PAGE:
Case Report - (2021) Volume 8, Issue 6

Sacrococcygeal teratoma seen and treated late: About a case and review of literature

Mamadou Madiou Barry*, Ndoye O, Mebouinz FN, Keita B, Toure MA, Fall M, Barry TS, Ndour O and Ngom G
 
*Correspondence: Mamadou Madiou Barry, Department of Pediatric Surgery, Cheikh Anta Diop University of Dakar, Matam, Senegal, West Africa, Tel: + 00221781257551, Email:

Author info »

Abstract

Objective: The sacrococcygian teratoma is a germ tumor containing tissues from rare embryonic leaflets, observed most often in neonatal period and rarely in children. We report a case seen and treated late.

Case: We report an observation of an 8-year-old girl, with no pathological history, received in an acute urine retention table pelvic pain, a voluminous sacred swelling of progressive installation without neurological deficit. The CT scan showed a large pelvic projection sacral mass in favour of a TSC. The serum AFP assay was normal. A monobloc exeresis of the tumor, the intraoperative aspect was that of a mixed tumor with fluid component with viscous content. The histological study showed that it was a teratoma.

Conclusion: If the tumor is purely liquidian or predominantly liquidian poses few problems of manage ment, despite the delay diagnosis and management. Solid and hypervascularized teratomas are at high risk of complications, whether ante or neonatal. In all cases, rigorous clinical and para-clinical surveillance will be established.

Keywords

Sacrococcygeal teratoma, surgery, alpha foeto protein, para-clinical surveillance

Introduction

Sacro-coccygian Teratoma (TSC) is a rare congenital tumour, most commonly observed in the neonatal period. A few rare cases in older children are reported in the literature. The classification of the American Academy of Pediatrics Surgical Section distinguishes four different types according to the location and extension of the tumor. Type I and II are exopelvic (with endopelvic extension for type II), type III is pelvic with abdominal extension and type IV is essentially abdominal [1]. The treatment of these tumors is essentially surgical and consists of a monobloc excision of the tumor carrying the tip of the coccyx. We report the observation of a case seen and treated late.

Case Presentation

Patient of 8 years, fifth of the couple, whose mother is 42 years old with a parental inbreeding of 1st degree. Received at UAA for acute retention of urine with pelvic pain. The observation reveals a suprapubic catheter, a gluteal mass predominantly right, measuring 35 cm of large diameter, covered with a skin of normal appearance, tense, repressing anterior the anal orifice (Fig 1). The abdominal ultrasound pelvic pelvis shows a large mass with a mixed component of pelvic extension with medium vascularization. The pelvic computed tomography carried out shows a voluminous mixed presacral formation predominantly liquidian and a micro calcification with a net wall measuring 170 × 80.3 × 74.7 mm with a discharge of the rectum and the bladder in front. Pre-operative analysis of alfa foeto proteins returned to normal at 2.4 ng/ml. After informed consent of the parents the patient was programmed in the or for surgical removal.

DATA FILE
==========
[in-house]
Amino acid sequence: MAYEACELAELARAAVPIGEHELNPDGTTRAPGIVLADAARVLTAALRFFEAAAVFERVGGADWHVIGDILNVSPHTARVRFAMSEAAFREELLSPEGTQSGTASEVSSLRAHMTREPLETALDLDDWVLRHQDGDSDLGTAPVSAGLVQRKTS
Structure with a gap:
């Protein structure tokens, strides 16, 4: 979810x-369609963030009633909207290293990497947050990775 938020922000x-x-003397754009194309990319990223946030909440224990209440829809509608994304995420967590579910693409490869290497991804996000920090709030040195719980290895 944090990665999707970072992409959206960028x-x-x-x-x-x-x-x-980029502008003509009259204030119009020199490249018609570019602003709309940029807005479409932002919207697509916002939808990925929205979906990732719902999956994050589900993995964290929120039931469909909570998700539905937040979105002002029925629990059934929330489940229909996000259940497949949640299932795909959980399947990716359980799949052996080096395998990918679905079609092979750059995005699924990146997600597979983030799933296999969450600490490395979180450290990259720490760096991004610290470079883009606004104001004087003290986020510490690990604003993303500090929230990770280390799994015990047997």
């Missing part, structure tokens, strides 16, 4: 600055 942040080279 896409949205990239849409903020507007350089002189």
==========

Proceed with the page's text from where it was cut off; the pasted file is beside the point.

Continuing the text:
pediatricurologycasereports-gluteal

Fig 1: a: Asymmetrical gluteal mass with obliteration of soft inter-gluteal folds; b: Anterior discharge of the anal orifice with a suprapubic catheter at reception.

Surgical Technique

Patient in prone position, billot under the pelvis; head in neutral position on a gel head; type of anesthesia: General anesthesia+orotracheal intubation (Fig 2).

pediatricurologycasereports-prone

Fig 2: Prone installation.

First perineal posterior by a cutaneous incision in Z, encompassing the mass; continuous dissection with electrocauterization up to the level of the tumor capsule; separation of the lateral gluteal muscles (retracted to the right and spread over the left mass); the sacral artery seen and ligated; the sacro-coccygian divided by scissors leaving the coccyx attached to the mass; excision of a bilobed mass of mixed consistency measuring about 30 cm long. Reconstruction of the buttock muscles in the midline and excess skin was excised and closed by simple stitches. Postoperative complication was noted as partial skin necrosis (Fig 3).